Can you hear me now?
As anybody who’s ever gone to a dance club knows, it’s not easy to have quality conversation in loud places — but party-goers aren’t the only ones who have learned to cope with the clamor. According to marine biologists studying whale mating calls, an increasingly noisy ocean is forcing the animals to shout their romantic melodies — around 10 times louder than they did 50 years ago. Talk about a raucous orca-stra!
Researchers looking at how whales are dealing with rackety seas focused their attention on the waters around Britian. With undersea oil exploration, constantshipping traffic, and even noisy wind-farms, the UK’s seas are among the world’s loudest — and it’s forcing whales to change their tune.
Perter Tyack, a biologist from the Woods Hole Oceanographic Institute, explains toThe Herald-Sun:
The rumbling noises emitting by ships and marine installations have similar frequencies to those used by whales. We found that whales are trying to adapt either by emitting much louder noised or by calling at a higher frequency. It’s like they’ve turned from bass into a tenor.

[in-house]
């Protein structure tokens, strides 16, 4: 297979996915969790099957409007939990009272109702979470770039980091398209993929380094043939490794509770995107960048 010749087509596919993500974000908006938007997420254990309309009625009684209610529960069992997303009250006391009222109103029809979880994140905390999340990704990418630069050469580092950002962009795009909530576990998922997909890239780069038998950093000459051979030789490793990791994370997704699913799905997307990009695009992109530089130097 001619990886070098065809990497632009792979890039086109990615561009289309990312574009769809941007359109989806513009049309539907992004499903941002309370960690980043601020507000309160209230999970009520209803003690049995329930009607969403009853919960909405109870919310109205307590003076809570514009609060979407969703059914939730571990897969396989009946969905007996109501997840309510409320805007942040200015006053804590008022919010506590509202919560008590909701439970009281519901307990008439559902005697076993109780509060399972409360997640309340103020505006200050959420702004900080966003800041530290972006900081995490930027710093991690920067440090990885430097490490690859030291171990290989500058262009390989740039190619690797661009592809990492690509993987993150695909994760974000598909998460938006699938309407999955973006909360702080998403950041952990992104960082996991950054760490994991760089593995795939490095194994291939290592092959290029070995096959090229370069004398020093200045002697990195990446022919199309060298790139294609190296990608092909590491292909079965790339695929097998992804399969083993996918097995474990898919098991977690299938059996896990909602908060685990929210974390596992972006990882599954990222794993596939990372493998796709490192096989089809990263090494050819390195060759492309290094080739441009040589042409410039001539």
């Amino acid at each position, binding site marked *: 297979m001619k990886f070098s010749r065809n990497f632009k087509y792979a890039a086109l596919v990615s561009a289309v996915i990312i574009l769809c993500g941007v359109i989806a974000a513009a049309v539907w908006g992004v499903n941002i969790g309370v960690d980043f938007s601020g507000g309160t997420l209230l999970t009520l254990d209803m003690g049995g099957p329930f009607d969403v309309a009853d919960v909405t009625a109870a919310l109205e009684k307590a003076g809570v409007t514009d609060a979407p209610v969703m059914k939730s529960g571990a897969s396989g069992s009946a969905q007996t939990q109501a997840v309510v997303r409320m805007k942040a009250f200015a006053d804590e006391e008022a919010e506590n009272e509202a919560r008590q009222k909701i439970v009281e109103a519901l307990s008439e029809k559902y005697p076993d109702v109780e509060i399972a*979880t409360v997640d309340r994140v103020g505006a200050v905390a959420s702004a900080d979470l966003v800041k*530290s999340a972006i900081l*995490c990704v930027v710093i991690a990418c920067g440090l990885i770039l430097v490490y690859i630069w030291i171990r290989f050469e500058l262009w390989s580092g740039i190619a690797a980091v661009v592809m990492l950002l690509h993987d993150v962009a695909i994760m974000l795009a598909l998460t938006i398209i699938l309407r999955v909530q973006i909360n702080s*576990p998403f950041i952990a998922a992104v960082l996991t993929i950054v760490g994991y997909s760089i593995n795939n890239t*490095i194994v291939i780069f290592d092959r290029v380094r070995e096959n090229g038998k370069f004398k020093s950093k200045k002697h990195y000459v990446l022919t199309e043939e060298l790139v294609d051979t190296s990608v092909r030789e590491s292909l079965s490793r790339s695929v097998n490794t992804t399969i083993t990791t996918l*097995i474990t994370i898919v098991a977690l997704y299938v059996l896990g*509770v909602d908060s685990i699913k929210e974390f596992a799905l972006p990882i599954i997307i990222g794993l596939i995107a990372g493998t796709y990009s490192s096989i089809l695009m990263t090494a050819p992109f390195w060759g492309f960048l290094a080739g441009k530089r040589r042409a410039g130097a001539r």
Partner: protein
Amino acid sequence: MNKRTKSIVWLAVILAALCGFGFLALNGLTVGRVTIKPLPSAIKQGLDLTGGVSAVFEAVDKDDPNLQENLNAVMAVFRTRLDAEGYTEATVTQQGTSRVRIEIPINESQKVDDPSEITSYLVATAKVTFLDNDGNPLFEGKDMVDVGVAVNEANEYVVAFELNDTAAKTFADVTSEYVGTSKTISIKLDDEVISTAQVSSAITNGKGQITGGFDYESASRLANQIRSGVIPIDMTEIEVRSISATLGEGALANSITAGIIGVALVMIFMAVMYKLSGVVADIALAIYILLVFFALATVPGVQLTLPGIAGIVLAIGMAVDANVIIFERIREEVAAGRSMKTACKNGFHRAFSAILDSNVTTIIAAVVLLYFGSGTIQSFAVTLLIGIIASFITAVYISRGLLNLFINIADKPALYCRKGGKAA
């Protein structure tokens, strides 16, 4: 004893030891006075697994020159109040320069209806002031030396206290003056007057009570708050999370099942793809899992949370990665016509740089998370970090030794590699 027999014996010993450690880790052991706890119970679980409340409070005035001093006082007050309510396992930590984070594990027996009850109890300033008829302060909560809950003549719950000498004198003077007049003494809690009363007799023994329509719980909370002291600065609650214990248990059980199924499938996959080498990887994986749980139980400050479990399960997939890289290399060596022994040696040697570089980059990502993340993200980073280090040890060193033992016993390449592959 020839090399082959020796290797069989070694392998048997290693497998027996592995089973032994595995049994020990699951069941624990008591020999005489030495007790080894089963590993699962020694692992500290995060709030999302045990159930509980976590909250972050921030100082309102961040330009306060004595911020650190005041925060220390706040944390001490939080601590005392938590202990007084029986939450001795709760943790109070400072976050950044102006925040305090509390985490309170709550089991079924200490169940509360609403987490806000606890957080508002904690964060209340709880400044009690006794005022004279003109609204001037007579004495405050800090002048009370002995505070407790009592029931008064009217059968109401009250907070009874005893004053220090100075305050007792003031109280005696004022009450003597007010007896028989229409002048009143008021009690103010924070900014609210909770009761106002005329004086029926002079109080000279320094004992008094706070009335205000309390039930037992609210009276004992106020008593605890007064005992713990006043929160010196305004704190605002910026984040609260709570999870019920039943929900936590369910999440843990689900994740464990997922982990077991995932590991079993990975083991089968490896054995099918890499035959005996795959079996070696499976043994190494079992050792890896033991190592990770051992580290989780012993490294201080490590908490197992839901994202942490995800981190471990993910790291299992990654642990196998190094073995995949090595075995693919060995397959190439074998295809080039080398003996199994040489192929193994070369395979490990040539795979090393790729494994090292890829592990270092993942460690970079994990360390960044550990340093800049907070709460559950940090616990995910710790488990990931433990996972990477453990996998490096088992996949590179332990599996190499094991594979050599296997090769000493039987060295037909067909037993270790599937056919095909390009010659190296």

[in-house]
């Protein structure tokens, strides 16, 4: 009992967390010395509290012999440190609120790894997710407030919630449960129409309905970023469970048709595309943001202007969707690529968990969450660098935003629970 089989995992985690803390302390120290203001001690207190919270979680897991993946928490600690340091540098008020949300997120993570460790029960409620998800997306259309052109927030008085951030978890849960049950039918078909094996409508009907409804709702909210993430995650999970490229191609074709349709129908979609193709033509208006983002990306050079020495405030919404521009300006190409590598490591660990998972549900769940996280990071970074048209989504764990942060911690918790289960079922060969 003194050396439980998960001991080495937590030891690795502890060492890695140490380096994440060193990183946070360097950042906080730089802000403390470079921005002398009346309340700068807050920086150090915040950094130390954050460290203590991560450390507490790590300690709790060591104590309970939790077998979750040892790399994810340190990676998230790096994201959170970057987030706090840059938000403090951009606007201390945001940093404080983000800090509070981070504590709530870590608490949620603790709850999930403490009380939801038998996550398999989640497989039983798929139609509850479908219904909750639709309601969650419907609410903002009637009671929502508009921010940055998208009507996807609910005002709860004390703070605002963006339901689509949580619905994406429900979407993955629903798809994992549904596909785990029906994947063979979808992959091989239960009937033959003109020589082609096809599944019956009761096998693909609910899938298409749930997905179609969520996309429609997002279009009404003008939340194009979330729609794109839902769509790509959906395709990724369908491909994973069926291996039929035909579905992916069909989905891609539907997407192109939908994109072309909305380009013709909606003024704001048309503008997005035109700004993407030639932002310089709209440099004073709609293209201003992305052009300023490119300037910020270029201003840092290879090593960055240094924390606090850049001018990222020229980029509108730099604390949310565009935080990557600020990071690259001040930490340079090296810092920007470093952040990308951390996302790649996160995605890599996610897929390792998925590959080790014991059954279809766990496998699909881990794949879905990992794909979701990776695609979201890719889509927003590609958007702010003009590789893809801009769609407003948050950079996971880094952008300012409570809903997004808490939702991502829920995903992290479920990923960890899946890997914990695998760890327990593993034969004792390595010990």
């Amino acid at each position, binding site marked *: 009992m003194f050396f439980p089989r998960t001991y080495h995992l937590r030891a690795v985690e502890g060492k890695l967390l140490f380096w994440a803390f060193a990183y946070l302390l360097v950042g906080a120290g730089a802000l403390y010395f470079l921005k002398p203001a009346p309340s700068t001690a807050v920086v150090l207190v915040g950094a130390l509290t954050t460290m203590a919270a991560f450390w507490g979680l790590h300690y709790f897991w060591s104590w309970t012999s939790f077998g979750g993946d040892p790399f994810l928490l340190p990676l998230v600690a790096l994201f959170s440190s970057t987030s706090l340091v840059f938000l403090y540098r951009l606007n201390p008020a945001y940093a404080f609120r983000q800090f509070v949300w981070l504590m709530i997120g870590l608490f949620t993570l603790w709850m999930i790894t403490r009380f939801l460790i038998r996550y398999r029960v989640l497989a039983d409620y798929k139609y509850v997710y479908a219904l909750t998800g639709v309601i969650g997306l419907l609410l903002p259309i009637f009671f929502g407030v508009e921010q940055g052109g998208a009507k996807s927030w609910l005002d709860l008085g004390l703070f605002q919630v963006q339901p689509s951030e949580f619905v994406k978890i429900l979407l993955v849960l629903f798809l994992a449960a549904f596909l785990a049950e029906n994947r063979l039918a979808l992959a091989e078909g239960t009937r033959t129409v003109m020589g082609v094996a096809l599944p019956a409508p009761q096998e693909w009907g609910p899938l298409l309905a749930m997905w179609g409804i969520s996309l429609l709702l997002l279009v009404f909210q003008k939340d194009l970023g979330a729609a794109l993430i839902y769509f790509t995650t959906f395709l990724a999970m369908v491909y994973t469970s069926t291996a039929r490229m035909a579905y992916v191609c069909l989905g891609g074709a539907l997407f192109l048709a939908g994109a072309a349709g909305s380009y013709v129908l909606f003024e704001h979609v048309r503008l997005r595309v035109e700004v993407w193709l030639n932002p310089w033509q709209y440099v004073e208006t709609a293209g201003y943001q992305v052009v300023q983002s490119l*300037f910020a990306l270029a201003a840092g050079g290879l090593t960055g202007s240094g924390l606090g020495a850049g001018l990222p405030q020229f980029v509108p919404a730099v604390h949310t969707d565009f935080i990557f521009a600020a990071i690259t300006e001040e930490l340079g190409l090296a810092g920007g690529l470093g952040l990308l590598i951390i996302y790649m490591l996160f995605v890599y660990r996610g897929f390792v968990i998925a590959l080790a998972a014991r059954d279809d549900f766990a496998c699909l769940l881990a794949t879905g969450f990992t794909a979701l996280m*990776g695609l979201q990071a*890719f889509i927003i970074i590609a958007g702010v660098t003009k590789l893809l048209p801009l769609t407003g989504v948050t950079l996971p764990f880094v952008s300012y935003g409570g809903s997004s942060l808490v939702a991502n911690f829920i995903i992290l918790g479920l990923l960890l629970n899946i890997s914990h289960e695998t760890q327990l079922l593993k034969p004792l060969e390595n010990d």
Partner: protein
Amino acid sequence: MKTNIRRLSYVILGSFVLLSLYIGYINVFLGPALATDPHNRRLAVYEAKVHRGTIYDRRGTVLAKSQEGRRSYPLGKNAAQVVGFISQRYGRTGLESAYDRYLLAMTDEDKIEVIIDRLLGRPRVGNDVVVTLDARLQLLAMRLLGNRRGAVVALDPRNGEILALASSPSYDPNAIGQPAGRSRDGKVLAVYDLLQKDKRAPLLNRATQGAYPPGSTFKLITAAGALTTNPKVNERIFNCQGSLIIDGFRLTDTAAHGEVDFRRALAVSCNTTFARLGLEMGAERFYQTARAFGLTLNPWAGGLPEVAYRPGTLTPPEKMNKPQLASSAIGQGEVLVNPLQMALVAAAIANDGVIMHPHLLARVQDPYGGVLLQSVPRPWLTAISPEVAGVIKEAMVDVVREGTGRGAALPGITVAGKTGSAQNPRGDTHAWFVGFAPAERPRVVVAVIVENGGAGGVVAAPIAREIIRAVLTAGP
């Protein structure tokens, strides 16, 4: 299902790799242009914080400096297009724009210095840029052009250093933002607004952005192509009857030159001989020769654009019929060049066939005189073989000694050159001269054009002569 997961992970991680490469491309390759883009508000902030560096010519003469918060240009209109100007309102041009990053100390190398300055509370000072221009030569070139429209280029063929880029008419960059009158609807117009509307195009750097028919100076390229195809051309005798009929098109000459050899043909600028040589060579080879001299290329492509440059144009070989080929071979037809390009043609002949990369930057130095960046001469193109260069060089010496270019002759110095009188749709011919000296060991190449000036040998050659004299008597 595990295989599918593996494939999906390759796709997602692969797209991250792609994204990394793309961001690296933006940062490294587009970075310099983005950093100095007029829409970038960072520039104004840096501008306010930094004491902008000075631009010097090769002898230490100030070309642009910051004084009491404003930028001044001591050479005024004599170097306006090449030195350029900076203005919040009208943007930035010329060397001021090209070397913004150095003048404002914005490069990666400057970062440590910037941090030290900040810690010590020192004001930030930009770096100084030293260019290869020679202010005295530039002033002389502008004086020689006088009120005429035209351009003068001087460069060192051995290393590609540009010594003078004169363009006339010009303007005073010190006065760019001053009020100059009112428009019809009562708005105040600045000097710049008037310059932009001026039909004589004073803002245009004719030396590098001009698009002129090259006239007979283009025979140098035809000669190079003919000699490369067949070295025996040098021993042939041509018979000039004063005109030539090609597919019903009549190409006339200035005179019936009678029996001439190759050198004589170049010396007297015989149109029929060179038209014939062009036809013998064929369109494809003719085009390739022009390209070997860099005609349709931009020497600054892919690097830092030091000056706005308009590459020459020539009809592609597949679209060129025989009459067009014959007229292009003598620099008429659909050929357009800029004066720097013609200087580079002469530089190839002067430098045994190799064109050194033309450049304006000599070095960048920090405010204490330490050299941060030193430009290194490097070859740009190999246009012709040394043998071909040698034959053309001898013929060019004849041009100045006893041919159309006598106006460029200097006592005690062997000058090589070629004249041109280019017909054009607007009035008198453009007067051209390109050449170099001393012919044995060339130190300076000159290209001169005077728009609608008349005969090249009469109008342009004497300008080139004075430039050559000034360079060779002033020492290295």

These whale songs, capable of traveling hundreds of miles through the ocean, are thought to play an important role in finding a mate. As this exchange becomes more difficult due to louder oceans, it could spell trouble for whale breeding — it’s hard to meet a decent mate as it is, nowadays.
But it’s not just the volume or pitch of the whale’s communication that’s being affected — the messages themselves are becoming less elaborate and repeated more often — “like a human forced to shout,” says Tyack. “It also means they spend more energy on communicating.”
And if all that wasn’t concerning enough already, just imagine the embarrassment whales must feel when they learn that they’ve been calling their new partner by the wrong name, like, all night.